enum Role { ADMIN = 'ADMIN', READ_ONLY = 100, AUTHOR = 'AUTHOR' }; const person = { name: 'Maximilian', age: 30, hobbies: ['Sports', 'Cooking'], role: Role.ADMIN }; // person.role.push('admin'); // person.role[1] = 10; // person.role = [0, 'admin', 'user']; let favoriteActivities: string[]; favoriteActivities = ['Sports']; console.log(person.name); for (const hobby of person.hobbies) { console.log(hobby.toUpperCase()); // console.log(hobby.map()); // !!! ERROR !!! } if (person.role === Role.AUTHOR) { console.log('is author'); }

Arrays

This code sample shows how to create and iterate through arrays in Typescript.

const place = { name: 'Rio de Janeiro', age: 30, hobbies: ['Sports', 'Surfing'] }; let favoriteActivities: string[]; favoriteActivities = ['Sports']; console.log(person.name); for (const hobby of person.hobbies) { console.log(hobby.toUpperCase()); }

Functions

As seen in the previous example, we see how we create functions. We provide the function keyword and the name of the function. If parameters exist, we should specify the type of them after the variable and a colon.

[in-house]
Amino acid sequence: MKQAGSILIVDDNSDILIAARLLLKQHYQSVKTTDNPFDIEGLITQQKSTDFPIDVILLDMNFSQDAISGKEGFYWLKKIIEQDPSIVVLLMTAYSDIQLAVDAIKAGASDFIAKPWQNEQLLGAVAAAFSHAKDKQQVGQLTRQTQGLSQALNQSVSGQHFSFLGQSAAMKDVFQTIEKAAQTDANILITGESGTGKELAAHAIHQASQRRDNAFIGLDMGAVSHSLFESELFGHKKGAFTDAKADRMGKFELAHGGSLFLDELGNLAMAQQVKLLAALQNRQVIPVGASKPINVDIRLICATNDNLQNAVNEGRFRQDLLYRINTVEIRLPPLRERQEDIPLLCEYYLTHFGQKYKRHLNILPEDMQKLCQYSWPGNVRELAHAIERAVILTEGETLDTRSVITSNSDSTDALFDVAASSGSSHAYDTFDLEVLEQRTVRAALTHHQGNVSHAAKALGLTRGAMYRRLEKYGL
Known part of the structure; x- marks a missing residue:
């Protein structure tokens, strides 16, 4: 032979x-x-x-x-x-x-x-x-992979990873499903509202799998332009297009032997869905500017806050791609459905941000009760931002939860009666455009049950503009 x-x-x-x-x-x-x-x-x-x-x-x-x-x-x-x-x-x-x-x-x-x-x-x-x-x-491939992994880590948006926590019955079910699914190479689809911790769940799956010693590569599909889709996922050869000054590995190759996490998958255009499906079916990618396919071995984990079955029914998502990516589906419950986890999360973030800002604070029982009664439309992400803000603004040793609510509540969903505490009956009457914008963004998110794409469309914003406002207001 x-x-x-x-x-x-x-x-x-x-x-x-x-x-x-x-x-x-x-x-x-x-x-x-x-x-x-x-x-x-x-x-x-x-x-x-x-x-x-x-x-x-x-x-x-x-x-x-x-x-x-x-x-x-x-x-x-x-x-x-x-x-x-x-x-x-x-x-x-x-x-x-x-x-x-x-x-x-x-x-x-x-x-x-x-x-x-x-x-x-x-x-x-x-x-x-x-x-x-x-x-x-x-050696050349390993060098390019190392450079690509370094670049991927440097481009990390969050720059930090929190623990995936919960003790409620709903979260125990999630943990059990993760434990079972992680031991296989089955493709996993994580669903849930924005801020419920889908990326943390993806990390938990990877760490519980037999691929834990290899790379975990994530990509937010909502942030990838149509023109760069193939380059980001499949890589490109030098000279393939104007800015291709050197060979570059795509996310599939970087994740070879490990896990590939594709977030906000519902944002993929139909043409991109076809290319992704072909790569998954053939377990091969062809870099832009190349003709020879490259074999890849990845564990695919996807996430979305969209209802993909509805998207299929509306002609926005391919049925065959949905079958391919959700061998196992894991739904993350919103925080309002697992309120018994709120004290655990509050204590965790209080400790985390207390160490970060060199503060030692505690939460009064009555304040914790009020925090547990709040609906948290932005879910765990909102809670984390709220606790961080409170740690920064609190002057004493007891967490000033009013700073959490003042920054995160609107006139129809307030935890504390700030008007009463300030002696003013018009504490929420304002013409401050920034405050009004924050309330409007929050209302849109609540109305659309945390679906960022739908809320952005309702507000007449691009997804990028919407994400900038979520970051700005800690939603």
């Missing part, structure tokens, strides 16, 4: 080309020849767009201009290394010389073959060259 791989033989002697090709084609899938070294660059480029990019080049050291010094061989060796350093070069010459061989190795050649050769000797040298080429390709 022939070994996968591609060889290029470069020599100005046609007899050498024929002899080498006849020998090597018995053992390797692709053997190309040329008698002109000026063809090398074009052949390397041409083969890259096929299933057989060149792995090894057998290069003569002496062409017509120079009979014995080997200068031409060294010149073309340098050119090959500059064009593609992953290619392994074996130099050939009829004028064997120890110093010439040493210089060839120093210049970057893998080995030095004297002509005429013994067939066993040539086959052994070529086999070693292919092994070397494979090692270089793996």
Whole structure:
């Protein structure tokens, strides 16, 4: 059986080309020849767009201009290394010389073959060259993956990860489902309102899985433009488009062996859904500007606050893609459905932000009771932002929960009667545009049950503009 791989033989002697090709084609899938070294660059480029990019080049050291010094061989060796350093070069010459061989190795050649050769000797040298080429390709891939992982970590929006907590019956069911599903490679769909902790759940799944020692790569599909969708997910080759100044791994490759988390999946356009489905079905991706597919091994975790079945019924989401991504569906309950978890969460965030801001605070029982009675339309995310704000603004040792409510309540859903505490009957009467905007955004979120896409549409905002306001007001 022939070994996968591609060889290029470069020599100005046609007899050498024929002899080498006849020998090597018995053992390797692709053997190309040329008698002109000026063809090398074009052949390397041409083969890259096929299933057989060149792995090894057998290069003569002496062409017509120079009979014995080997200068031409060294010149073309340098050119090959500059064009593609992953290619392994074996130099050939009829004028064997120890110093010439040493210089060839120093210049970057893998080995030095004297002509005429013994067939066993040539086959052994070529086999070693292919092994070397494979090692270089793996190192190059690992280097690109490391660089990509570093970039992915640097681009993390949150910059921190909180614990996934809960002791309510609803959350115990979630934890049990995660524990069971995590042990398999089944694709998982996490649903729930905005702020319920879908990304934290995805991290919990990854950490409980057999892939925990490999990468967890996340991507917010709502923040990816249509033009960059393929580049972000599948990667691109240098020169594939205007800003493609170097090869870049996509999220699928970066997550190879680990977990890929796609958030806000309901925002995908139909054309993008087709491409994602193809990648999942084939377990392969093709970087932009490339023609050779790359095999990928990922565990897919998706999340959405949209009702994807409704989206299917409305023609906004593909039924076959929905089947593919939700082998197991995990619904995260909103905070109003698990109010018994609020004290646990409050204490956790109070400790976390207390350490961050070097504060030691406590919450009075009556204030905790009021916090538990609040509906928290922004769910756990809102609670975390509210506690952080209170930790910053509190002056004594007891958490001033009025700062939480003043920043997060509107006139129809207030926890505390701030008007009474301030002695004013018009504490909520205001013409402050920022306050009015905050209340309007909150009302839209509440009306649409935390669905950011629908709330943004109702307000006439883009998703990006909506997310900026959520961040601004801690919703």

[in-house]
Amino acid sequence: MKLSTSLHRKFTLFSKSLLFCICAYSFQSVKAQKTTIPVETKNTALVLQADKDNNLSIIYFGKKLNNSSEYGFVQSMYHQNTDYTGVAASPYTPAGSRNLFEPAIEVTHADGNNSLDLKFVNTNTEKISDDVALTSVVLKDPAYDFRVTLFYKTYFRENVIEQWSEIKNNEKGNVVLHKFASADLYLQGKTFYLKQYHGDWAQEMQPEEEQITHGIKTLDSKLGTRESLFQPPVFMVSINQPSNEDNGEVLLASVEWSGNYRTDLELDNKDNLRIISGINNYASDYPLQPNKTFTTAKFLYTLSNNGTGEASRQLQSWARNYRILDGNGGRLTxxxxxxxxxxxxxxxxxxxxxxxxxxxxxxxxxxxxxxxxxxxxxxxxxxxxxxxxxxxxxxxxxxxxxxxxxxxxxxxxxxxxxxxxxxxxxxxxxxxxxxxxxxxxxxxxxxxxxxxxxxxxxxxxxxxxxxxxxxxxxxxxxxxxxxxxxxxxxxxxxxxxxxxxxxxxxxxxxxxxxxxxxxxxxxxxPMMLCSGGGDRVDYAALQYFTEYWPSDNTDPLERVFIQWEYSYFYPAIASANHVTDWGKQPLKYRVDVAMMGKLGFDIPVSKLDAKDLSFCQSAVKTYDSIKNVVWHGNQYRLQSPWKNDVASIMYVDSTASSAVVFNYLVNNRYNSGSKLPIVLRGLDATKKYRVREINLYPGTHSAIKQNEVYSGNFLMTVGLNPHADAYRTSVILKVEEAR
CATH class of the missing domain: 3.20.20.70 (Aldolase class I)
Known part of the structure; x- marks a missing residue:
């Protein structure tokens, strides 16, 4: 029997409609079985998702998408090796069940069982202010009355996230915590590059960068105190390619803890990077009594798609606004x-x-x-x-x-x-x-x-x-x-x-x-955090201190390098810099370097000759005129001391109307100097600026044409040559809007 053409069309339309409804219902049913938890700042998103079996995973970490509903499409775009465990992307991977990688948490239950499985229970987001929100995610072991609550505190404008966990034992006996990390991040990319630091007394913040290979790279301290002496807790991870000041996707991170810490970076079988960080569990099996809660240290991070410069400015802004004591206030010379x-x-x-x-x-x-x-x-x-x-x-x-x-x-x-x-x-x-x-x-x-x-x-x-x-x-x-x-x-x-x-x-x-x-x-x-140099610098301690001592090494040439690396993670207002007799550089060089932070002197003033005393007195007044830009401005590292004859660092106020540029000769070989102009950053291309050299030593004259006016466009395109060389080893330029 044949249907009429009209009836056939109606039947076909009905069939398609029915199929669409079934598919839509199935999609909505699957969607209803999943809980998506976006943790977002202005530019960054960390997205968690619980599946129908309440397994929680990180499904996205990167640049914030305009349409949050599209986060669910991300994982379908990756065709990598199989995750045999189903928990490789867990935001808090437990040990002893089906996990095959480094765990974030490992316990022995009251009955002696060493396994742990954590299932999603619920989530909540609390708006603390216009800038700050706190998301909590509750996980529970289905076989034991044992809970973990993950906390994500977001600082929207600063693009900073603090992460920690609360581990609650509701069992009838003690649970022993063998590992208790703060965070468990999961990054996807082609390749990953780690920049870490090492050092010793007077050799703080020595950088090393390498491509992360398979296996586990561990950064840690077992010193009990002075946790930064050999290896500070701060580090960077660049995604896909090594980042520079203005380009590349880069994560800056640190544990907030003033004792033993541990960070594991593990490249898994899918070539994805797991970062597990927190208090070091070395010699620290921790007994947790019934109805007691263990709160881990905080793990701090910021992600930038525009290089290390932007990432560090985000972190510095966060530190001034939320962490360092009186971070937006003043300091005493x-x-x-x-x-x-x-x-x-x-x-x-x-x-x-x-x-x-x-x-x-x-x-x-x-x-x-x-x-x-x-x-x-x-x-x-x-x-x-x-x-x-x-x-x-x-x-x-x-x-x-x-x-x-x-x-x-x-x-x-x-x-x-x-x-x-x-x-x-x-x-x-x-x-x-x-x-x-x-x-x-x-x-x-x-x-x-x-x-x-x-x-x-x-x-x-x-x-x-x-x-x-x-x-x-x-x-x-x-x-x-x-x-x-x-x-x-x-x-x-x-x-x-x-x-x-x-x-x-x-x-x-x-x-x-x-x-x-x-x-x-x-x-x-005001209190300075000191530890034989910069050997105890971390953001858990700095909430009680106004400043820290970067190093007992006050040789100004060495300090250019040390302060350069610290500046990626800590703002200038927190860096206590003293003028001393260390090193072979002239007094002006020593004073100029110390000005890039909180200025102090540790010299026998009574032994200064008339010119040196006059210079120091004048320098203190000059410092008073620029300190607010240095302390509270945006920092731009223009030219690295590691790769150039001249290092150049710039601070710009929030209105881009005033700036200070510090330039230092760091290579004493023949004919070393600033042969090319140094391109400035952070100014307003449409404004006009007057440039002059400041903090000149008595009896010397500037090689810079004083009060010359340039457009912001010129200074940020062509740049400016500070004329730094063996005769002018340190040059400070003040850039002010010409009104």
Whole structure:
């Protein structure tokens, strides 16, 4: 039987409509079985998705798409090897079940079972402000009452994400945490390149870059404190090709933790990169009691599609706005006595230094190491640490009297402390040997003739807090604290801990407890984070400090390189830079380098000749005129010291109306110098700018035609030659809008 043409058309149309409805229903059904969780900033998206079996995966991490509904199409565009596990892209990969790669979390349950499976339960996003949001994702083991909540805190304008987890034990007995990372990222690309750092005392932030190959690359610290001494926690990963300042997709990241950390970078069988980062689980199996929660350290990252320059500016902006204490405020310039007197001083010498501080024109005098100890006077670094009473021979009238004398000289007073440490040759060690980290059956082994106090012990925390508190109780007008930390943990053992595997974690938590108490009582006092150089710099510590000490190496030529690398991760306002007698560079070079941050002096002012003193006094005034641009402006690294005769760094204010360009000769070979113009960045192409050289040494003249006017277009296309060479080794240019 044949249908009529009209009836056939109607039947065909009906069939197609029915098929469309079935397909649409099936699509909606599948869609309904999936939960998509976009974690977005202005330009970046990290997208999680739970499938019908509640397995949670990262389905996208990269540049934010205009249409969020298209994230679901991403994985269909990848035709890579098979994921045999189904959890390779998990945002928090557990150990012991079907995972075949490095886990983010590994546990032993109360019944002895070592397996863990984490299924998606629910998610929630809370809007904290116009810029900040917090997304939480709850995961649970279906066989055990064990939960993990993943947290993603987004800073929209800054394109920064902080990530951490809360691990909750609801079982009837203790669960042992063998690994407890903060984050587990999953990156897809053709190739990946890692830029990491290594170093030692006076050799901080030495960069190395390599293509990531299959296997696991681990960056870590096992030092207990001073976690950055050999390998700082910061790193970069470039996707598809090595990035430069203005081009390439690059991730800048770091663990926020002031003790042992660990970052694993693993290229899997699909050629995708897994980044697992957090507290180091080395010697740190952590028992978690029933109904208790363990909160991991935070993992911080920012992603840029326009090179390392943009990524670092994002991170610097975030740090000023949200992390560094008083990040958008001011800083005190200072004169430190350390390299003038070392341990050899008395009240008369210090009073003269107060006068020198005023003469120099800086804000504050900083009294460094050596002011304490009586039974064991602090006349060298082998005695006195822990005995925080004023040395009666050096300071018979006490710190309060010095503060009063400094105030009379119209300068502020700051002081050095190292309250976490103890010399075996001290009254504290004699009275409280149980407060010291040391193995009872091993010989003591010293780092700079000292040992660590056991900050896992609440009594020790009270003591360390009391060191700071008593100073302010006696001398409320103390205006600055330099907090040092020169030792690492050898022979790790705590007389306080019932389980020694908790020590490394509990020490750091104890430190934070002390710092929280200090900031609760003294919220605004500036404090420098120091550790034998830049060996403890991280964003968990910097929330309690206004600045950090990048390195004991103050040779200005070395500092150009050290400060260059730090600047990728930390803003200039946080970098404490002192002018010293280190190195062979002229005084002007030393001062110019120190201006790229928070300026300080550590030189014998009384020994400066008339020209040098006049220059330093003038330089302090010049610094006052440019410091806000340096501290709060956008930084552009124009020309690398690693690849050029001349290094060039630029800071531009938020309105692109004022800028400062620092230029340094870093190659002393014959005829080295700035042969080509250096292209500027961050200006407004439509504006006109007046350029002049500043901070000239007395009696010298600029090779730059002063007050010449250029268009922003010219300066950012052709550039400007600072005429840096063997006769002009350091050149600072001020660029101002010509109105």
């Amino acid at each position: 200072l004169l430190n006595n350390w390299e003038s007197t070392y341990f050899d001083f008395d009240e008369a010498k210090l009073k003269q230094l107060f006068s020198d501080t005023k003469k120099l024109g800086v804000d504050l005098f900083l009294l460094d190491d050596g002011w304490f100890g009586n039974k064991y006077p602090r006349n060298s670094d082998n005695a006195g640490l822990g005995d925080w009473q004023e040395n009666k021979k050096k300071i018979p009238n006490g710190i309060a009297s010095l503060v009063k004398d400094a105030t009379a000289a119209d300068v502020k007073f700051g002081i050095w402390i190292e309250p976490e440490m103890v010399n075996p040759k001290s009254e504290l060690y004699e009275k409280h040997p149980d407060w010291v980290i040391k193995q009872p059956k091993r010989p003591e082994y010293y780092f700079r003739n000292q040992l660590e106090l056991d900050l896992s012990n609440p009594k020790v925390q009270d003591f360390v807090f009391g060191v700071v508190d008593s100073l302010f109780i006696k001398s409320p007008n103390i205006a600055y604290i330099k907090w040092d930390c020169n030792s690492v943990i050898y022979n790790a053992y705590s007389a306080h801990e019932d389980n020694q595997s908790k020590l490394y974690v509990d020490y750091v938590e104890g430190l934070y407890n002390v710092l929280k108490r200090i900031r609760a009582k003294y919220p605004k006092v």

function calculate(num1: number, word: string, isTrue: boolean) { console.log(num1 + word + isTrue); } calculate(30, "hi", true);

Types as Parameters

The types of the parameters in Typescript should be specified after a colon. An example is shown in the code where the variables, x and y are specified as strings.

function name(x: string, y: string) { return x + y } const firstWord = "Hi"; const secondWord = " how are you?"; const name = name(firstWord, secondWord); console.log(name);

Creating Typescript Variables

We have created variables of type number, string and boolean on lines 2-6. We have created them with the let keyword, meaning they can be modified. On lines 8-12, we've created the same type of variables preceded by const, meaning they have to stay constant and cannot be changed.

let number = 10; let word = "hello"; let isAllowed = true; const number2 = 15; const word = "hi"; const isAllowed = false;

Typeof Operator

The typeof operator returns a string representing the data type associated with the object.

let number = 24; console.log(typeof number); // expected output: "number" console.log(typeof 'hi'); // expected output: "string" console.log(typeof true); // expected output: "boolean"

Difference between Var, Let and Const variables

In Javascript, we primarily used variables with the 'var' declaration. Starting in ES6 and therefore in Typescript, we will be using let and var. Var and let can change their value and const cannot change its value. Var can be accessible anywhere in function but let and const can only be accessible inside the block where they are declared.

//ES5 var x = 14; x = 12; console.log(x);//12 //ES6 let x = 14; x = 12; console.log(x); //12 //ES6 const y = 14; y = 12; //TypeError: Assignment to constant variable. console.log(y);